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The Blog Aquatic

News, opinions, photos and facts from Ocean Conservancy

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Did You Miss Our Ocean Google Hangout?

Posted On May 22, 2014 by

As part of the launch campaign for the 2014 Trash Free Seas Data Report, Ocean Conservancy hosted its first-ever Google Hangout! In case you missed it, the broadcast has been archived to our YouTube page here:

And don’t forget to check out the full report on our website.

More about the Ocean Google Hangout:

Trash has infiltrated all reaches of our ocean, causing negative impacts on ocean life and coastal communities. The problem can seem overwhelming, but it is preventable. Ocean Conservancy held a conversation about trash and the ocean. We talked about the ‘just-released’ findings from Ocean Conservancy’s 2013 International Coastal Cleanup. And we heard from a leading scientist and waste management expert about where the solutions to this problem lie. Watch the video and you’ll learn what we’ve discovered, what does it all means and what we can do next?

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Japan Tsunami Anniversary: the Journey So Far and What’s to Come

Posted On March 11, 2013 by

Credit: NOAA

Tokyo. Sendai. Kamaishi City. Portland. Honolulu. Hilo. Kahului. Lincoln City. Newport Beach. These are places I’ve been fortunate enough to visit over the past year – for a very unfortunate reason. Two years ago on this very day, the ocean reminded the world of its astounding power when the Great East Japan Earthquake and Tsunami devastated the country’s northern coast. While significant recovery work remains to rebuild Japan, an increased focus has been placed on the exorbitant quantity of marine debris generated by the tsunami’s receding waters. At the same time, international entities are collaborating on tsunami debris response measures, while researchers learn a great deal about marine debris in general.

Because we know the precise time at which debris was deposited into the ocean, researchers have had an unparalleled opportunity to examine how debris moves in the marine environment. With each confirmation of tsunami debris washing ashore, oceanographers at University of Hawaii’s International Pacific Research Center have refined their models and are predicting when and where large volumes of tsunami debris will wash ashore with greater levels of confidence. Current predictions indicate significant debris accumulations will commence in June. However, these models are merely predictions and no one can say for certain what we will see or when we will see it. This uncertainty further underscores the importance of remaining vigilant for potential tsunami debris in the coming months.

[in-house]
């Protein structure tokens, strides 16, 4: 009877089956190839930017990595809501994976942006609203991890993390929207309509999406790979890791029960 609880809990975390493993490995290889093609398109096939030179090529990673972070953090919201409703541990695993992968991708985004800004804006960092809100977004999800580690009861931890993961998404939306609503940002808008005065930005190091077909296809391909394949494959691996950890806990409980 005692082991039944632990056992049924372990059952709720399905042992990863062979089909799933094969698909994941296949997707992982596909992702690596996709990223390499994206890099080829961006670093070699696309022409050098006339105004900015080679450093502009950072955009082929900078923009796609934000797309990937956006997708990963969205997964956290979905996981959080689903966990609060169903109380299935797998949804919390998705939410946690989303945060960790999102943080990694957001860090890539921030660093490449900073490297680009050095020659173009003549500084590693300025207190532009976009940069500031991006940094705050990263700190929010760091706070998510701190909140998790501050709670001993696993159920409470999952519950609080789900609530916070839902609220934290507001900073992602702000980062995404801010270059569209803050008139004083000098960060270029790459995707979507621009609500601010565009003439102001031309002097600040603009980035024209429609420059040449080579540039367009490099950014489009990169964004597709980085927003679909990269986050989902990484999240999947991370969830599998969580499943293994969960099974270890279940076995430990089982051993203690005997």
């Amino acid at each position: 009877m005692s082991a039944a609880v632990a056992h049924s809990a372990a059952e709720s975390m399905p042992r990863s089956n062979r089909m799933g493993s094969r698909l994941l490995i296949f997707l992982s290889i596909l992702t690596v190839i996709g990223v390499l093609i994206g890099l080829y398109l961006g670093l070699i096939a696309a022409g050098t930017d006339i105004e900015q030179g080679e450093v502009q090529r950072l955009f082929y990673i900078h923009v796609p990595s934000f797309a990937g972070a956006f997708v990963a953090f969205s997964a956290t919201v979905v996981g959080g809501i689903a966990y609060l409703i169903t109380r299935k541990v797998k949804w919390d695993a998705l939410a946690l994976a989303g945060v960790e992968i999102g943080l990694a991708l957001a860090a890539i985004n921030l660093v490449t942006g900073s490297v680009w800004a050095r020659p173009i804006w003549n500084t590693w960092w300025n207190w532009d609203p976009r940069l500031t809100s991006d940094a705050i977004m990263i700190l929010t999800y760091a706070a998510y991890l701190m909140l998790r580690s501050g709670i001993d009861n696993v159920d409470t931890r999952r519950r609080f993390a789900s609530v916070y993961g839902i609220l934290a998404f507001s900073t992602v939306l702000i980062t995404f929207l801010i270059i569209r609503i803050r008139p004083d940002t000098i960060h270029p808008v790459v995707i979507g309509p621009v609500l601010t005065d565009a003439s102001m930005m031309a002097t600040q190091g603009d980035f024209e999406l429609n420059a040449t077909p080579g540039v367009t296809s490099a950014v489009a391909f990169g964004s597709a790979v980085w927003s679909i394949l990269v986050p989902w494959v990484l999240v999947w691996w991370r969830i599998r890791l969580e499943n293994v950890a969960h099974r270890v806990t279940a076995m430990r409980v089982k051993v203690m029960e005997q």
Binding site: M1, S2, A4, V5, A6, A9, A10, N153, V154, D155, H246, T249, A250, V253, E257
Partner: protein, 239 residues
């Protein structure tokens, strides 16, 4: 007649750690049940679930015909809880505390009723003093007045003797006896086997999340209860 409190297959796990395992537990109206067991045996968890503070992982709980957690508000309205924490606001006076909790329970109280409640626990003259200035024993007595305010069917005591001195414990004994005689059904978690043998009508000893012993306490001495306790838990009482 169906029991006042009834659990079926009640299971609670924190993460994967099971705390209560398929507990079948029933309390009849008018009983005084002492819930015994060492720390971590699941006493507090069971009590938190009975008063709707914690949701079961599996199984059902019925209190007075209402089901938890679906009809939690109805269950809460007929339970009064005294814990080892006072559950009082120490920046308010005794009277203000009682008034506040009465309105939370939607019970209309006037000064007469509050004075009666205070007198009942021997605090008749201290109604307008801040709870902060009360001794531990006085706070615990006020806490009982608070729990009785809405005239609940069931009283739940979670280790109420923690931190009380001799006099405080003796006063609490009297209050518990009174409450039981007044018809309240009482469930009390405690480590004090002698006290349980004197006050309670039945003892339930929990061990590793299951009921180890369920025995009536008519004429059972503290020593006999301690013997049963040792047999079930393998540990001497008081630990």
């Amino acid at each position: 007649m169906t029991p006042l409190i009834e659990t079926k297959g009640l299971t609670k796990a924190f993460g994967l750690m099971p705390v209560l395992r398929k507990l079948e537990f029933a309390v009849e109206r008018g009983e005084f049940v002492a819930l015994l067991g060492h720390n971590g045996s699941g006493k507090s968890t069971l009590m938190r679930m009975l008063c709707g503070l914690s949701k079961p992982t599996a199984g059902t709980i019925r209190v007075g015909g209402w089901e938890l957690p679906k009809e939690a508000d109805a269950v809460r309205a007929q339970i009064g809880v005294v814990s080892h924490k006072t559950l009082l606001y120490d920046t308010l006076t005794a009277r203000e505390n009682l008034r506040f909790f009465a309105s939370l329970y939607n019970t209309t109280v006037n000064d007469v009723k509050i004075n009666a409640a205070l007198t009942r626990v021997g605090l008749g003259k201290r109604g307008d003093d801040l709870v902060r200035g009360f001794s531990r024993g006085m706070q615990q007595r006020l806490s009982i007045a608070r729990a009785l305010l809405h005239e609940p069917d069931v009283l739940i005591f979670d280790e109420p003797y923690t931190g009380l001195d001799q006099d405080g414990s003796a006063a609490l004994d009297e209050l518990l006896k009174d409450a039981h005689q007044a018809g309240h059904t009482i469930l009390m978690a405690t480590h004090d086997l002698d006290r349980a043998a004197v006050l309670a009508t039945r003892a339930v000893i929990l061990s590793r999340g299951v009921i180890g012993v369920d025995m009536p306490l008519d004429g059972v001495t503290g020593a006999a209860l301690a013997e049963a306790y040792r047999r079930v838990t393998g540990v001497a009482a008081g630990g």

Last summer in Alaska, Hawaii, Washington and Oregon, “waves” of similar debris items began washing ashore. This wave was followed by an unusually large number of appliances found on Hawaiian beaches. The three segments of docks that were swept out of Misawa came to rest on the Oregon and Washington coasts over a span of six months. By studying these events, oceanographers were able to determine that the amount of wind affecting debris — better known as “windage” — largely determines the speed at which debris drifts across the ocean. This phenomenon largely explains why we’ve seen these waves of debris.

In November, the Japanese government announced it would donate $6 million to the United States and Canada to help mitigate the costs of tsunami debris response efforts and debris clean up.

This tragic event has engaged a broad network of dedicated responders from both sides of the Pacific, including government representatives at NOAA and the Japanese Ministry of the Environment, NGOs like the Japanese Environmental Action Network and Ocean Conservancy and passionate volunteers. Ocean Conservancy has developed a Tsunami Debris Field Guide that serves as an educational tool for those volunteers along the West Coast.

Today, on the two year anniversary of the tsunami, I board a plane destined for Tokyo where I will meet with the Japanese Ministry of Environment and Japanese and U.S. NGOs to discuss tsunami response efforts to date, and preparations moving forward. During my stay, I will again have the opportunity to tour the coastal towns near Sendai in Miyagi Prefecture. And while in my mind I am optimistic that the recovery effort will be near completion, I know the reality is that Sendai — and much of Japan — has a long road to recovery, but physical recovery is only step one. In Sendai, many elementary and middle-aged students have not returned to the beach or ocean since 3/11 because the emotional trauma is too great. For many of them, these places have become synonymous with terror, destruction and death.